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16 July 2003 @ 10:48 pm
National Leave-The-Customer-And-Laugh Day  
Many years ago when I was still actively involved in dance, wearing boxer shorts as part of your warmup gear became fashionable in the dance crowd. My family was not willing to go out and buy a pair of shorts for me, but I borrowed a pair from my father and was satisfied at the time.

Now, it seems that what little elastic remained in the waistband is totally shot. They have always been far too large, but I used to be able to roll the waistband down a few times and keep 'em on. This is no longer true - I roll them, and roll them, until I can roll them no more - and they still fall off my rear! Since the elastic has lost that which makes it elastic, I have to pin the shorts and even then they're not something I should be seen in. Heh.

I am somewhat amused by the fact that people seem to think that I can break anything, at any time. Given the amount that people spend ... in the afternoon/evening, I probably could. But in the morning, when I have just opened my register, I generally have around thirty dollars in cash and cannot break a $100 bill, even if I'm crazy enough to hand over all my quarters and dimes. The funny thing is I had to go through the process of calling a CSR over with change twice for this in less than an hour. (One customer thought that the CSR was taking her sweet time to come over, so she grabbed her $100 and walked over to the CSR to get change!)

Also, I was the only cashier available more than once. When I work, I get absorbed into the little world that is my register, my customers, and my counter - I rarely "look up" and beyond that, and so when someone alerted me to the fact that I was the only one working, I was honestly quite surprised. I had no clue that anyone had left their station, and I was wondering if there had been some meeting, firedrill, or National Leave-The-Customer-And-Laugh Day that I was unaware of. They were merely on their breaks/lunches, of course (I think).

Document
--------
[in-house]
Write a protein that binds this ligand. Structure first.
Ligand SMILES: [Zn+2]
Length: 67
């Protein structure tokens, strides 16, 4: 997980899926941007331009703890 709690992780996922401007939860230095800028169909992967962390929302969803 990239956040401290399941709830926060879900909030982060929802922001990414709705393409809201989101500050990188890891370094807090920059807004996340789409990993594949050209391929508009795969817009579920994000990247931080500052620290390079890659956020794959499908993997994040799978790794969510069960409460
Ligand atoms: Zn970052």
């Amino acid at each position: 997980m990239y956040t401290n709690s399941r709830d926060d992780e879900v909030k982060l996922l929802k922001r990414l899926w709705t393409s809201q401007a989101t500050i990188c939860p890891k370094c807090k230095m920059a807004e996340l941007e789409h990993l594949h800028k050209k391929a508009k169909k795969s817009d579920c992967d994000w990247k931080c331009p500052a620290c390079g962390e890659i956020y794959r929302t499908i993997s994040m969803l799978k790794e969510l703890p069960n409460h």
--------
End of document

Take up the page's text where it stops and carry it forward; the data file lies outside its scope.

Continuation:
This is my second week, right? I'm already training and helping new cashiers. o_O;

Apparently people respond to my perpetual cheer. I've had many people compliment me, and another coworker let me know that others had told her how good my customer service skills were. I feel somewhat vindicated. Yes, vindicated.

Things I have wanted to announce over the intercom system at work but have not:
"Attention, shoppers! Please leave the premises. Shoppers, please stop spending your money on things you don't need, and leave."
"CSR/MOD to register 6 for Associate assistance, please!"

You know, I really don't know what to do about work and Otakon. I can't seem to see if they're willing to be flexible or not, and it's worrying me. Lame as it may sound, my priorities and loyalties lie with the friends and promises I've had and made for this Otakon trip. I have been hoping and planning since last year. Yes, I want to go for social reasons. But there are other reasons too - I'm going to sell my artwork, I'm going to basically see for myself how fandom acts en masse, I want to make connections, and I want to see something new that I have not yet seen. I list one of my interests when schools/jobs ask as "contemporary Japanese animation as an expression of pop culture," and Otakon would be one of the best places for an American fan to go.